Looking for funding opportunities through the Recovery Act? NIH has created a Web site that consolidates Recovery Act-specific initiatives for your convenience. These opportunities, also published on Grants.gov and in the NIH Guide for Grants and Contracts, can be easily identified by the titles that begin with “Recovery Act.” The following initiatives have already been published. More will be coming in the near future.
The NIH Challenge Grants in Health and Science Research (RC1) seeks out research that will focus on specific knowledge gaps, scientific opportunities, new technologies, data generation, or particular research methods. Research plans submitted with the application must articulate how the proposed studies will significantly extend our understanding of biomedical or behavioral science and/or health through its work in the particular Challenge Area. The total program funding is approximately $200,000,000 with an award ceiling of $500,000 per year.
The National Center for Research Resources (NCRR) has crafted three programs to support renovation and repair of core facilities, research facility improvements, and the acquisition of high-end instrumentation.
The Core Facility Renovation, Repair, and Improvement Program (G20) provides support for the alteration and renovation of core facilities, as well as for the improvement of general equipment in the core facility or for the purchase of general equipment for specialized groups of researchers. These renovated facilities and next generation of instruments should speed the translation of basic research to treatments and cures. “Green” technologies and design approaches will be employed when possible. The Recovery Act appropriated $1.0B to construct, repair, or renovate existing non-Federal research facilities, and $300M for shared instrumentation and other capital research equipment. The expected direct cost amount for individual awards under this FOA is between $1M and $10M.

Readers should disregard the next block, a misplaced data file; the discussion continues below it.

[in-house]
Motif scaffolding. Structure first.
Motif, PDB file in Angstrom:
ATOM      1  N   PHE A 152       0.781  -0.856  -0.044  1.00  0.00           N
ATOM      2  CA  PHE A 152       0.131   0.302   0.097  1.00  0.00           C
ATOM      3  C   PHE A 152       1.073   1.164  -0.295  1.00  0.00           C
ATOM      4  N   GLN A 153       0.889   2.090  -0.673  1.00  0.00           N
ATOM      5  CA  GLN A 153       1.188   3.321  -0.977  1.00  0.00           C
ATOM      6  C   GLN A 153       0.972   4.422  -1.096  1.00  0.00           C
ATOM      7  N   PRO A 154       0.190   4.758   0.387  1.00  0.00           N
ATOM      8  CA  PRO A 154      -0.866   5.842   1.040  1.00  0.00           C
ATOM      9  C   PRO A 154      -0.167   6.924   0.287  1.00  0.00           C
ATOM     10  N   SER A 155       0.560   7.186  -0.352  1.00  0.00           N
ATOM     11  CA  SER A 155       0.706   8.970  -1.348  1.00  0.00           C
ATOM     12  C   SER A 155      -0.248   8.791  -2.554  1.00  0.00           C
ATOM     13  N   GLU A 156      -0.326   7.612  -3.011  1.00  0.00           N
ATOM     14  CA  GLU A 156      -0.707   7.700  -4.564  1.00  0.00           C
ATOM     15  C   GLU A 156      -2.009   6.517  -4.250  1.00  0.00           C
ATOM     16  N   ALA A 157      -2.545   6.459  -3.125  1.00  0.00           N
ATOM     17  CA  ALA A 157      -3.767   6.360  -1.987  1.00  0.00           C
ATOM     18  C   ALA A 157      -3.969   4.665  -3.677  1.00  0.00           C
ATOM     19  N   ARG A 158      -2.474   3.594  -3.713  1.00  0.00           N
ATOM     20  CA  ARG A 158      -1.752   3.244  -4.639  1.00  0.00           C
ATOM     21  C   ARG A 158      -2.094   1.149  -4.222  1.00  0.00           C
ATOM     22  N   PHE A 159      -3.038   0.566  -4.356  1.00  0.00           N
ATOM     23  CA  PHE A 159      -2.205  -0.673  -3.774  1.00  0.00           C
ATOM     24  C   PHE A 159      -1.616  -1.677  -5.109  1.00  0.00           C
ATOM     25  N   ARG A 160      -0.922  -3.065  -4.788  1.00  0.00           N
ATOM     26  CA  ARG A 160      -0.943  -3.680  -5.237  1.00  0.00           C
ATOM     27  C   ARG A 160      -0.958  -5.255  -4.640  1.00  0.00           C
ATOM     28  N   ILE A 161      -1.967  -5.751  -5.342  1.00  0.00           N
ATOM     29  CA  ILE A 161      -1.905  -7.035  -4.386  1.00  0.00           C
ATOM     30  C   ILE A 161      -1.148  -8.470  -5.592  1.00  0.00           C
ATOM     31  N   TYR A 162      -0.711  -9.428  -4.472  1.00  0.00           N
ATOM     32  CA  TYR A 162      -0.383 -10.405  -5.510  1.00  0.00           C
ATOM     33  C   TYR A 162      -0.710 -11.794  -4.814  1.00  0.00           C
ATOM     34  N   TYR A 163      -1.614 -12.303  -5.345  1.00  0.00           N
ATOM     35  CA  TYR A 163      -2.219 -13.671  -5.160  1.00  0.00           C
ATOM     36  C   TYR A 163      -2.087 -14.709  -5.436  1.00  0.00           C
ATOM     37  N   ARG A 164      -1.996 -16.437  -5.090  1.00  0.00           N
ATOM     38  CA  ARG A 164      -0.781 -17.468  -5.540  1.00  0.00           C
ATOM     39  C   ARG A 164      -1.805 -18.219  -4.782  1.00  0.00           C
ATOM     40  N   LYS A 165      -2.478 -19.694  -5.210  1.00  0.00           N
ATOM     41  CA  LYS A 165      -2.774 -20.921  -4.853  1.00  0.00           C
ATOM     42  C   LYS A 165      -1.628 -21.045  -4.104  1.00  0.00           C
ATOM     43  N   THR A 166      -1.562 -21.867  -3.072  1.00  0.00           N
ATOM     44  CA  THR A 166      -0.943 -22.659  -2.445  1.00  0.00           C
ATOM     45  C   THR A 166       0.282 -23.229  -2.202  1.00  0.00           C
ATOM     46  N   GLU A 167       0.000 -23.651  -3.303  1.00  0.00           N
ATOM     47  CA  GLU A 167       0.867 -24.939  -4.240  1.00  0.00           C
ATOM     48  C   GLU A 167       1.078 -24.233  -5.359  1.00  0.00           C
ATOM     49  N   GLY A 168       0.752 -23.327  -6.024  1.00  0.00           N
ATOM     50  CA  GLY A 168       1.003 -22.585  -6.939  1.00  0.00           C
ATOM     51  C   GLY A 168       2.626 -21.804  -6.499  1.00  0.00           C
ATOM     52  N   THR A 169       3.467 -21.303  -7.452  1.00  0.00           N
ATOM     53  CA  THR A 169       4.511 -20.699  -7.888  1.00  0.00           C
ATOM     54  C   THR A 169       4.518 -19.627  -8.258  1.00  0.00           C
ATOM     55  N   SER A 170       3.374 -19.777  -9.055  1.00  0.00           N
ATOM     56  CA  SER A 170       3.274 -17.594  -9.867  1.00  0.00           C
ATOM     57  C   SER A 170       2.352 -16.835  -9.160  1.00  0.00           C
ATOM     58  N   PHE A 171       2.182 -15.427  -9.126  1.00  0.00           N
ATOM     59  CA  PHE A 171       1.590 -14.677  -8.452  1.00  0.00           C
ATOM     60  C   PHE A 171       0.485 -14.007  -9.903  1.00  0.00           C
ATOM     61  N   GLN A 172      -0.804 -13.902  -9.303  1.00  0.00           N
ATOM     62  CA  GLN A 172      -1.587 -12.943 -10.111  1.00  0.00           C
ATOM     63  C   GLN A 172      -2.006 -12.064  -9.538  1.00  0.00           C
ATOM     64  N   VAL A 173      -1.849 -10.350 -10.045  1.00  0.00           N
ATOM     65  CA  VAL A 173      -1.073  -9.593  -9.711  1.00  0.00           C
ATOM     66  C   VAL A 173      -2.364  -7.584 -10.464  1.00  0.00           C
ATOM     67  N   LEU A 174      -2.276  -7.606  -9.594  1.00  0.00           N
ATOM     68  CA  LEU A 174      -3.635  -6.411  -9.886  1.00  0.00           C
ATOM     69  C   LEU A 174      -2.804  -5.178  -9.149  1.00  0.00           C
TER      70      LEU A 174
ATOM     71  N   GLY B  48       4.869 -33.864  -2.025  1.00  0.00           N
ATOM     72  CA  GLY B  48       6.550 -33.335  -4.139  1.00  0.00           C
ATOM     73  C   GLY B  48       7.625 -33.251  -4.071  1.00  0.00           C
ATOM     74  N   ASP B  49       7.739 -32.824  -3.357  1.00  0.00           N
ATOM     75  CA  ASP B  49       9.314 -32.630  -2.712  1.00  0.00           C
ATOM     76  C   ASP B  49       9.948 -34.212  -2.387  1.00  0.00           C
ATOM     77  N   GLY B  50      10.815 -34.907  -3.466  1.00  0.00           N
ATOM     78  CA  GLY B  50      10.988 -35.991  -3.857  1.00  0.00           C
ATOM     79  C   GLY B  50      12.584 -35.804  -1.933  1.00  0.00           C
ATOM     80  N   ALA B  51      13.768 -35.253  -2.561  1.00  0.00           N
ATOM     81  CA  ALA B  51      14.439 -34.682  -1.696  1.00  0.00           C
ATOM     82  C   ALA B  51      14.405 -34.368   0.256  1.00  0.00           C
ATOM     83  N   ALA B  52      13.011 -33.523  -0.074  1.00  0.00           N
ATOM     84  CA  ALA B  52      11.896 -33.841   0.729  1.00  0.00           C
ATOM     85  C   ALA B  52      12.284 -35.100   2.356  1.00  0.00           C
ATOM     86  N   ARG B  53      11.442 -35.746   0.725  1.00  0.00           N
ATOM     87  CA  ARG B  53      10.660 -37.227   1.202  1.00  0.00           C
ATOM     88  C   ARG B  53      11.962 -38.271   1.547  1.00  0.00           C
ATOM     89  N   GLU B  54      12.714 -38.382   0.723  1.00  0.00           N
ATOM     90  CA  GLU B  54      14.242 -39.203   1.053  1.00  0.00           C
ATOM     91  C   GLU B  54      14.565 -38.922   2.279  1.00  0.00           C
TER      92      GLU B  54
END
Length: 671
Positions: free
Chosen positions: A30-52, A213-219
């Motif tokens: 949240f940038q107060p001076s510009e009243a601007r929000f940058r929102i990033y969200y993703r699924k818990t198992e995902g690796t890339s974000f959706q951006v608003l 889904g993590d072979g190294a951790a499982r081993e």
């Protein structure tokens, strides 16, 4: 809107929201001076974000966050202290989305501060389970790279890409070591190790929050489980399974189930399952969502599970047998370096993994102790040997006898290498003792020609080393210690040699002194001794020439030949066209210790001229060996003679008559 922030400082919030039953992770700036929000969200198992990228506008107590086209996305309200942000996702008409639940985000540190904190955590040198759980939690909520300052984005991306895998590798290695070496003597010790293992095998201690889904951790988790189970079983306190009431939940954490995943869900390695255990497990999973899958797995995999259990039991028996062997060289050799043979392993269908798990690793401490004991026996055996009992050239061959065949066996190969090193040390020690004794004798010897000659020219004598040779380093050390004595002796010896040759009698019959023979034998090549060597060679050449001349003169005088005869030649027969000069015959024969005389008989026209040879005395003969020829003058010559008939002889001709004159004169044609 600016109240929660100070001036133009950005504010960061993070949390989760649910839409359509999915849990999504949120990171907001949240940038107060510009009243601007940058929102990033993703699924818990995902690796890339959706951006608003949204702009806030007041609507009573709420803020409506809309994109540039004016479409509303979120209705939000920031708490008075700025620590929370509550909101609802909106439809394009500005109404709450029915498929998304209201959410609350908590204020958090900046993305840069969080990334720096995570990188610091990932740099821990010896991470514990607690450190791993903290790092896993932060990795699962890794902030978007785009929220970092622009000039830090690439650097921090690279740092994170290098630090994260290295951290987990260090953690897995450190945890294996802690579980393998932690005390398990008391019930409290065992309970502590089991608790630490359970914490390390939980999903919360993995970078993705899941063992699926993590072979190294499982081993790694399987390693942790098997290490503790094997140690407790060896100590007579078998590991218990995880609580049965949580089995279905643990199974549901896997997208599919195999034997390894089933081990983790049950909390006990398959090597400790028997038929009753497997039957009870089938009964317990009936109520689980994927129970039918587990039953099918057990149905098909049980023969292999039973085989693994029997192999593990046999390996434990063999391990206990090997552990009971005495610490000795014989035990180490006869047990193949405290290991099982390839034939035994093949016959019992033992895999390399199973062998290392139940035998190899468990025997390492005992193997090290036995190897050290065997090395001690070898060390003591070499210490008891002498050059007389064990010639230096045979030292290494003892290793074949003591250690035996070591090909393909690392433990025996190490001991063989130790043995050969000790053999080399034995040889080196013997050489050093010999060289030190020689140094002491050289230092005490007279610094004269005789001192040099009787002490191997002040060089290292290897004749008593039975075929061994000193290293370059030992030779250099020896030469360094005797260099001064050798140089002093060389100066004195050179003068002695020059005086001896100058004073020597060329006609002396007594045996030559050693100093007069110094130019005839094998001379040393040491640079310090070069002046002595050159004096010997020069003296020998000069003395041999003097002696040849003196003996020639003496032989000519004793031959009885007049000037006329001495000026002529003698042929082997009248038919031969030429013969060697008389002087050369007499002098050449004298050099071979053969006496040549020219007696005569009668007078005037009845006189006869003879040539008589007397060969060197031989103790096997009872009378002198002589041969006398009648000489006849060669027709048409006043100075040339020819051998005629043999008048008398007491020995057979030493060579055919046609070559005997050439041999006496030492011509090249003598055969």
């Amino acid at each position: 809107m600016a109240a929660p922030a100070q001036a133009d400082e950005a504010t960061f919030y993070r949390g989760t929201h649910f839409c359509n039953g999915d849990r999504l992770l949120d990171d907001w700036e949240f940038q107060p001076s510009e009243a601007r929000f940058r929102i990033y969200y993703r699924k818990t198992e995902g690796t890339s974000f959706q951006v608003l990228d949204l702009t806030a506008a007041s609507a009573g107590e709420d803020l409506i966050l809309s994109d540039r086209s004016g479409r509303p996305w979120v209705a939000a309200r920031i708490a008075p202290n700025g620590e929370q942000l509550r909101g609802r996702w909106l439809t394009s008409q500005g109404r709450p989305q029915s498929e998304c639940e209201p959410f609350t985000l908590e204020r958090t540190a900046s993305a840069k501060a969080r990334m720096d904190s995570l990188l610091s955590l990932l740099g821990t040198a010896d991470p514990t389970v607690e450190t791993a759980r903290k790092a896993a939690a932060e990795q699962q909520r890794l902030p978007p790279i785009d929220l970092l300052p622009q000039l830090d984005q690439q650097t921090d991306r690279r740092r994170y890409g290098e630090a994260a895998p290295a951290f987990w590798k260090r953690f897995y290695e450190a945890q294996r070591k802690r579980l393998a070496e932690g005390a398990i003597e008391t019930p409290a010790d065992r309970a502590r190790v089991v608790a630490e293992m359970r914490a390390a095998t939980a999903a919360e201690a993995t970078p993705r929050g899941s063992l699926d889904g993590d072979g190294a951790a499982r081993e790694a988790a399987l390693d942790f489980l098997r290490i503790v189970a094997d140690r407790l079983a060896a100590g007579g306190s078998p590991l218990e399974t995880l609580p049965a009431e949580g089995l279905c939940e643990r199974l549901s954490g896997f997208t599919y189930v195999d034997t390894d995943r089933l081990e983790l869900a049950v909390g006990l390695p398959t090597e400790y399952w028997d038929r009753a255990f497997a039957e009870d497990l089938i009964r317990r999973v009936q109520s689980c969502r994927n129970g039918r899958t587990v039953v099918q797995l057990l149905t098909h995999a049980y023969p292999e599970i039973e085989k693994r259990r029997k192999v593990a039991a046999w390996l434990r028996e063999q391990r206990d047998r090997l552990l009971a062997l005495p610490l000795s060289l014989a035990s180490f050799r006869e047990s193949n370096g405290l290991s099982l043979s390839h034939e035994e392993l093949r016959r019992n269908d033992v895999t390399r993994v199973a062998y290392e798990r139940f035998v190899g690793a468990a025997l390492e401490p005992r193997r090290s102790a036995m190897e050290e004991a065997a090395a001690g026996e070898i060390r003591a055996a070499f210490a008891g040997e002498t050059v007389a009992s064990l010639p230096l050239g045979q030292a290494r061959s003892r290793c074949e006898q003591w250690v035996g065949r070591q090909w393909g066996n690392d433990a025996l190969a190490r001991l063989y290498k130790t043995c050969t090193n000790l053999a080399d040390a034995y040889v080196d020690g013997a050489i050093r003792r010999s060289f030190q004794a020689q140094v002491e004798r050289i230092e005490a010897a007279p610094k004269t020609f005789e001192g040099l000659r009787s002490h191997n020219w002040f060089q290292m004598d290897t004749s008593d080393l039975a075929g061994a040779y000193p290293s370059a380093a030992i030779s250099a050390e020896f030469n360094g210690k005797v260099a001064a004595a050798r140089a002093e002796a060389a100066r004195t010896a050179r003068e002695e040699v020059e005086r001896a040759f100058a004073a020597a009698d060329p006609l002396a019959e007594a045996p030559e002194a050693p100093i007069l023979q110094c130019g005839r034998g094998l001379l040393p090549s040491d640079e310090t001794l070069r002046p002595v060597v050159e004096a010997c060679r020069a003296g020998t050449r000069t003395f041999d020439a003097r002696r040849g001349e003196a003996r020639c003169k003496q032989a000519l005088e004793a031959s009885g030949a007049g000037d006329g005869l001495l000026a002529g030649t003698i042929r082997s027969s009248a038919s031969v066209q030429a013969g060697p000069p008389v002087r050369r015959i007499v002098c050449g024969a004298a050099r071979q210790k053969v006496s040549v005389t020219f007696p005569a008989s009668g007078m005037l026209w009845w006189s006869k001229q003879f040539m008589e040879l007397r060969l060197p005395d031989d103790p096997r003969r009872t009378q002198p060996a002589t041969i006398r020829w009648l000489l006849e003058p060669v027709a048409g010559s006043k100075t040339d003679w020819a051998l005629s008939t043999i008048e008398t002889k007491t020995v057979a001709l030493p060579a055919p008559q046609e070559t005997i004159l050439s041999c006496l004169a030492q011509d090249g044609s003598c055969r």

The Extramural Research Facilities Improvement Program (C06) will help institutions expand, remodel, renovate, or alter biomedical or behavioral research venues. The principle objective of this program is to facilitate and enhance the conduct of Public Health Supported research by supporting the costs of designing and improving facilities. The expected direct cost for individual awards under this FOA is between $2 million and $15 million. [Information updated 3/31/09]
The High-end Instrumentation Grant Program (S10) encourages groups of NIH-supported investigators to purchase a single major item of equipment to be used for biomedical research that costs from $600,000 to $8,000,000 provided that these funds will be expended within 18-24 months from the date of the award. NCRR intends to commit approximately $160M in FY2010 to fund approximately 40 new awards.
Stay tuned for notices on the availability of a variety of revisions, administrative supplements, and other Recovery Act funding initiatives to be published in the very near future!